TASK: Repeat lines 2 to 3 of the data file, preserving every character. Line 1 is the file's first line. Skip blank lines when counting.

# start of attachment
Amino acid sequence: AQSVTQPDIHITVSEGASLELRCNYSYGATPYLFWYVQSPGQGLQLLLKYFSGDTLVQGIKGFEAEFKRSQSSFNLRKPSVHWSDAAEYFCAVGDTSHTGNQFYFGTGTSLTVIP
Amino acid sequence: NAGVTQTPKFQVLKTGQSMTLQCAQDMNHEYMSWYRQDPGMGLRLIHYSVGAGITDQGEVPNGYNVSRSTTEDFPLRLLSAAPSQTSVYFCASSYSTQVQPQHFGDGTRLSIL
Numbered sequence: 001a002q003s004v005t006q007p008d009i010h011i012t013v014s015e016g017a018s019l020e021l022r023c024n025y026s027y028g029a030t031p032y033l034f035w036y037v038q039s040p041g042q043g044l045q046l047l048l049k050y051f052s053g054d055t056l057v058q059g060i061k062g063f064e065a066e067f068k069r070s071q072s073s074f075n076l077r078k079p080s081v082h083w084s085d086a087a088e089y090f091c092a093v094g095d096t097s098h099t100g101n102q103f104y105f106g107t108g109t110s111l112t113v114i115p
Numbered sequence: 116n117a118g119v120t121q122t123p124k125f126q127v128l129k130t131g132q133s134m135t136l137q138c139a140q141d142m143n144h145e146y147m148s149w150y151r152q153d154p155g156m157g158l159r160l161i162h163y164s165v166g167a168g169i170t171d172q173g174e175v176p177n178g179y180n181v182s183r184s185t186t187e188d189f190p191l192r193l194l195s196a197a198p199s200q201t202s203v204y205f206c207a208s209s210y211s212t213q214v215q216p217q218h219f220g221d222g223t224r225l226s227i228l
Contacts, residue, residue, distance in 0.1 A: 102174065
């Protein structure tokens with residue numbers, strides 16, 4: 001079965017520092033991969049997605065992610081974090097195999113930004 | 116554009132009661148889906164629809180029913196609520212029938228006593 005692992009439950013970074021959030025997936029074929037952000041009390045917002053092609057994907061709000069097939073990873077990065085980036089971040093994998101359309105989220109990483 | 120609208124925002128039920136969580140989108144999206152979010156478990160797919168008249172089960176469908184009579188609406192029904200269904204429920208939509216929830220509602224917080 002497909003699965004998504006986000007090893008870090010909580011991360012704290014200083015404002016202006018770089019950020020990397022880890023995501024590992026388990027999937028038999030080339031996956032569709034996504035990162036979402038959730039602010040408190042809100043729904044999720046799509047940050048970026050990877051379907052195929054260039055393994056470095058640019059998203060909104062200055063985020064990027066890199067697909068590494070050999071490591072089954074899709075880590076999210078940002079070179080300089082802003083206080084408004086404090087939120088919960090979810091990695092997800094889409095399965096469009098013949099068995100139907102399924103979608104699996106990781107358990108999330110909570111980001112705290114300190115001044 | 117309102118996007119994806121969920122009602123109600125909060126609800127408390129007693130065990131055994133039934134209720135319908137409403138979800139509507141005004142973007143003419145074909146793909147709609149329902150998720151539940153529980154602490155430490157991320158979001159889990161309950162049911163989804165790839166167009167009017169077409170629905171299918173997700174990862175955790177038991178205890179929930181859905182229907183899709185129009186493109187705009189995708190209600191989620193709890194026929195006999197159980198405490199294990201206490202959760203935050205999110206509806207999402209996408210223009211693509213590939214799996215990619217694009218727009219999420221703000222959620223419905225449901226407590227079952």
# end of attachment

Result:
Amino acid sequence: NAGVTQTPKFQVLKTGQSMTLQCAQDMNHEYMSWYRQDPGMGLRLIHYSVGAGITDQGEVPNGYNVSRSTTEDFPLRLLSAAPSQTSVYFCASSYSTQVQPQHFGDGTRLSIL
Numbered sequence: 001a002q003s004v005t006q007p008d009i010h011i012t013v014s015e016g017a018s019l020e021l022r023c024n025y026s027y028g029a030t031p032y033l034f035w036y037v038q039s040p041g042q043g044l045q046l047l048l049k050y051f052s053g054d055t056l057v058q059g060i061k062g063f064e065a066e067f068k069r070s071q072s073s074f075n076l077r078k079p080s081v082h083w084s085d086a087a088e089y090f091c092a093v094g095d096t097s098h099t100g101n102q103f104y105f106g107t108g109t110s111l112t113v114i115p